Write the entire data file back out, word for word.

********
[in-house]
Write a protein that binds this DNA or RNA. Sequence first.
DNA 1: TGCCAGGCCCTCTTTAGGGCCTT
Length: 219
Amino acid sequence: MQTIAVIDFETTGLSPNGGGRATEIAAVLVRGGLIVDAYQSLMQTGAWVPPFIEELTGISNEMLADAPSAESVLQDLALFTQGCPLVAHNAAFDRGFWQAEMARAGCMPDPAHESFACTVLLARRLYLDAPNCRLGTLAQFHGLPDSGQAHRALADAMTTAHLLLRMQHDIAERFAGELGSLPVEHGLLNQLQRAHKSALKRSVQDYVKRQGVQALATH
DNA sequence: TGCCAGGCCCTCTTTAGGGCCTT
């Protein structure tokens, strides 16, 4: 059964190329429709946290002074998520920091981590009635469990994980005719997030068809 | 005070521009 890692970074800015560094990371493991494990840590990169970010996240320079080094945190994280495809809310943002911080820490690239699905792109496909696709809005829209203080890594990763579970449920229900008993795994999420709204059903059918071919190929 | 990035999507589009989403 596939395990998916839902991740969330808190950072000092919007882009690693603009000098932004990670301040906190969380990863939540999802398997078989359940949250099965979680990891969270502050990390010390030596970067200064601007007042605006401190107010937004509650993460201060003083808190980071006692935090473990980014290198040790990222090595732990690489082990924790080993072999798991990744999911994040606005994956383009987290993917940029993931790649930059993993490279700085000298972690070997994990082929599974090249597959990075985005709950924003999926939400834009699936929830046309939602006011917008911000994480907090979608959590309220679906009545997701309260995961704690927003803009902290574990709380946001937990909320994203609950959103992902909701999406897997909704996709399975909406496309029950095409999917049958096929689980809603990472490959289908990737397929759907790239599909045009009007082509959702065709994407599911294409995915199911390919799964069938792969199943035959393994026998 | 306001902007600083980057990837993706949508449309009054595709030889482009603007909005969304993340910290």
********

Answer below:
[in-house]
Write a protein that binds this DNA or RNA. Sequence first.
DNA 1: TGCCAGGCCCTCTTTAGGGCCTT
Length: 219
Amino acid sequence: MQTIAVIDFETTGLSPNGGGRATEIAAVLVRGGLIVDAYQSLMQTGAWVPPFIEELTGISNEMLADAPSAESVLQDLALFTQGCPLVAHNAAFDRGFWQAEMARAGCMPDPAHESFACTVLLARRLYLDAPNCRLGTLAQFHGLPDSGQAHRALADAMTTAHLLLRMQHDIAERFAGELGSLPVEHGLLNQLQRAHKSALKRSVQDYVKRQGVQALATH
DNA sequence: TGCCAGGCCCTCTTTAGGGCCTT
């Protein structure tokens, strides 16, 4: 059964190329429709946290002074998520920091981590009635469990994980005719997030068809 | 005070521009 890692970074800015560094990371493991494990840590990169970010996240320079080094945190994280495809809310943002911080820490690239699905792109496909696709809005829209203080890594990763579970449920229900008993795994999420709204059903059918071919190929 | 990035999507589009989403 596939395990998916839902991740969330808190950072000092919007882009690693603009000098932004990670301040906190969380990863939540999802398997078989359940949250099965979680990891969270502050990390010390030596970067200064601007007042605006401190107010937004509650993460201060003083808190980071006692935090473990980014290198040790990222090595732990690489082990924790080993072999798991990744999911994040606005994956383009987290993917940029993931790649930059993993490279700085000298972690070997994990082929599974090249597959990075985005709950924003999926939400834009699936929830046309939602006011917008911000994480907090979608959590309220679906009545997701309260995961704690927003803009902290574990709380946001937990909320994203609950959103992902909701999406897997909704996709399975909406496309029950095409999917049958096929689980809603990472490959289908990737397929759907790239599909045009009007082509959702065709994407599911294409995915199911390919799964069938792969199943035959393994026998 | 306001902007600083980057990837993706949508449309009054595709030889482009603007909005969304993340910290």